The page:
Equine joint supplements may contain a wide variety of ingredients, including nutraceuticals and herbs. It’s not known precisely how these ingredients work, but some information that is available is outlined below.
Supplies building blocks for glycosaminoglycan synthesis, stimulates hyaluronic acid production, and inhibits inflammatory mediators including nitric oxide, nuclear factor kappa B, and prostaglandin E2, and degradative enzymes such as collagenase and aggrecanase. Glucosamine protects against cartilage degradation in damaged or osteoarthritis samples in vitro. Neither glucosamine nor chondroitin have been found to inhibit COX enzymes.
Its mode of action is believed to be a replacement of the proteoglycans in articular cartilage, which are lost in damage and/or inflammation, an anti-inflammatory effect and inhibition of enzymes involved in cartilage breakdown, as for glucosamine. Chondroitin also protects against cartilage degradation in damaged or osteoarthritis samples in vitro.
The biologically active ingredients are boswellic acids, and research studies have found that in particular, a compound called 3-O-acetyl-11-ketobetaboswellic acid (AKBA) seems to be active in inhibiting the action of 5-lipoxygenase, an enzyme involved in inflammation. The extra benefit of using boswellia as a joint-supporting supplement is that it doesn’t have the cartilage-degradative and stomach-irritating properties of commonly-used anti-inflammatory drugs.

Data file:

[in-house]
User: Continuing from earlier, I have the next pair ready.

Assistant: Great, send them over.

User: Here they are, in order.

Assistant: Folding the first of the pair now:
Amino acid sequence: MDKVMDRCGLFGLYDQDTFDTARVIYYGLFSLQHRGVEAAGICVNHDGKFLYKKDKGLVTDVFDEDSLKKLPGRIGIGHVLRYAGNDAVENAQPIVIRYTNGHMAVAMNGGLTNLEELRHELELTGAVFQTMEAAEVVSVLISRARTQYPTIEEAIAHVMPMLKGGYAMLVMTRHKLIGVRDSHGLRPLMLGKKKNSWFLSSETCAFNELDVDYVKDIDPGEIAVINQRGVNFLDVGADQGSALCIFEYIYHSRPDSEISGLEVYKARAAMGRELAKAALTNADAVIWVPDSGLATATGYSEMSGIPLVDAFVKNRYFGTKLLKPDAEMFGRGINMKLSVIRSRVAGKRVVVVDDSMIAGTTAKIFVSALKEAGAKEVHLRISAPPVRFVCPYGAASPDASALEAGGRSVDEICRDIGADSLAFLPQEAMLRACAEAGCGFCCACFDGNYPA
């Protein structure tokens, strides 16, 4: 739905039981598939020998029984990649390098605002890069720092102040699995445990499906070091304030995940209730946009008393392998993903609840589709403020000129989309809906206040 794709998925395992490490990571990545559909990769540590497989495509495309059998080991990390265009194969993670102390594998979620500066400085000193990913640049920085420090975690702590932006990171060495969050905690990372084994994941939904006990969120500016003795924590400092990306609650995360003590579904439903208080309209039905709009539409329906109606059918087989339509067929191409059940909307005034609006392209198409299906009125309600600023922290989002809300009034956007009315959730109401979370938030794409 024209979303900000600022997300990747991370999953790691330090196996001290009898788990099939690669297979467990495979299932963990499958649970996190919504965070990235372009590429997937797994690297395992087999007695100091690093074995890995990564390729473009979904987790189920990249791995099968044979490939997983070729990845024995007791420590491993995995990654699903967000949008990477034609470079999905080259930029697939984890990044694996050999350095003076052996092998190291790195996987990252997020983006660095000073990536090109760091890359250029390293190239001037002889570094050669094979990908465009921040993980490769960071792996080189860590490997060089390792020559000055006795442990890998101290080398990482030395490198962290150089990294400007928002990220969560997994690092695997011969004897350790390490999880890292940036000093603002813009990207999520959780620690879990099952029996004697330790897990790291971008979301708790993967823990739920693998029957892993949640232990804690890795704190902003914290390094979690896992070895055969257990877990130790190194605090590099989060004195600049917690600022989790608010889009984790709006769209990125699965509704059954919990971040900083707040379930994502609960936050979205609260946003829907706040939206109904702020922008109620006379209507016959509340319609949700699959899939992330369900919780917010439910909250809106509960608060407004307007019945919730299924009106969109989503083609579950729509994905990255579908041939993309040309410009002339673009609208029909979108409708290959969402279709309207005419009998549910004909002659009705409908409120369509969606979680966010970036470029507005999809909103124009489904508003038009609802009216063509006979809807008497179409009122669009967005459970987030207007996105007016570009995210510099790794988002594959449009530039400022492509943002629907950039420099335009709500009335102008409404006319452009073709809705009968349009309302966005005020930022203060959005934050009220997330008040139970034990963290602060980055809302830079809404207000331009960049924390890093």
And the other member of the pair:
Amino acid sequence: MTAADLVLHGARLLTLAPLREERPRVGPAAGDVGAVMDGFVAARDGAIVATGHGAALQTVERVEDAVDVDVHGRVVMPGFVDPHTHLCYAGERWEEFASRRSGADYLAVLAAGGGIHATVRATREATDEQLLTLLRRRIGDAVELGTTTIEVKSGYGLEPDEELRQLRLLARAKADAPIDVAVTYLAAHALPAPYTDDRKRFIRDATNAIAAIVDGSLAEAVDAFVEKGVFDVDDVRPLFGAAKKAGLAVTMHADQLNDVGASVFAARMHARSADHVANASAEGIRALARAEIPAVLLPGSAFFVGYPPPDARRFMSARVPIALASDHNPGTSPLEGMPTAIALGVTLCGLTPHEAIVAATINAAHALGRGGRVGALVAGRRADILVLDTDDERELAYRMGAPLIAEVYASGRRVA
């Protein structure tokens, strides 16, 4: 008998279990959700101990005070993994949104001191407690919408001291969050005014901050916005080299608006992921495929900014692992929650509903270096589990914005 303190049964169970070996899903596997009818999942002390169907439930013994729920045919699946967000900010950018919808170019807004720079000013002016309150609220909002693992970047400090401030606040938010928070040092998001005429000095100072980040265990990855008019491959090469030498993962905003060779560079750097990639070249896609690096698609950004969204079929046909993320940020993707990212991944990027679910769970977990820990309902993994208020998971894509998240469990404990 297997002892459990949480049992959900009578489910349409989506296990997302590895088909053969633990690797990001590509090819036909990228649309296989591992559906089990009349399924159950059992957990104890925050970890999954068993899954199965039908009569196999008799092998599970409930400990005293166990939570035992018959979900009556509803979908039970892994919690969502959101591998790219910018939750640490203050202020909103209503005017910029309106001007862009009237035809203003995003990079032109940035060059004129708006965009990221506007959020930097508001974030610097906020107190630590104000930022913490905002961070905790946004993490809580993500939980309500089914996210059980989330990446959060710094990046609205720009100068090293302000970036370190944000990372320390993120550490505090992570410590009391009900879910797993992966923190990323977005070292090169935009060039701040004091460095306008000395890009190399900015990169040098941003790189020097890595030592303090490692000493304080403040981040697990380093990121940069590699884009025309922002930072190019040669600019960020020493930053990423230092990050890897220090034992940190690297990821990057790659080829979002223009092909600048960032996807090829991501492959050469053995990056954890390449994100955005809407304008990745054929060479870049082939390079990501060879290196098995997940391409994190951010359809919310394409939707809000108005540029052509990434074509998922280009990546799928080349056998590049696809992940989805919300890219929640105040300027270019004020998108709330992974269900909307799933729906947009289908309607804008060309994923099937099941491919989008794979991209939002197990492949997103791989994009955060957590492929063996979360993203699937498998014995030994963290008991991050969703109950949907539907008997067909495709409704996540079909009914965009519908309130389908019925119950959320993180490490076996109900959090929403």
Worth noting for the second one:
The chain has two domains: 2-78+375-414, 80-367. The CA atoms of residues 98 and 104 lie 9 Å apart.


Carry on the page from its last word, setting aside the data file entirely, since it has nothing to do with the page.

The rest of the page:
A biologically available source of sulphur, MSM’s therapeutic properties are believed to come from its antioxidant activity. It also has anti-inflammatory effects and blocks inflammatory mediators in human cartilage cells.
A group of pigments giving turmeric its yellow colour, curcuminoids, are believed to be the active component. Curcuminoids are powerful antioxidants and anti-inflammatories. They inhibit the inflammatory mediator nuclear factor kappa B and block the interleukin-1-induced degradation of cartilage in in vitro models.
The active components – primarily phenolic compounds including gingerols – act on inflammatory mediators, inhibiting both prostaglandin and leukotriene synthesis, and inhibiting COX enzymes, thus having an anti-inflammatory effect.
These active ingredients are fed to a great number of horses. Joint-supporting products are the biggest selling supplements, and many owners report good results. Recent research is encouraging. Researchers at Texas A&M University have found that supplementary glucosamine (15 g for a 500 kg horse) tended to ‘increase new cartilage production’ and ‘decrease the breakdown of existing cartilage’ in damaged joints of young horses. Researchers at the Animal Health Trust in Newmarket, UK recently presented a study showing that adult horses with slight lameness (1/10 to 4/10 lame) fed a joint supplement (containing a variety of ingredients including glucosamine and MSM) had a lower lameness grade than those on a placebo or before supplementation.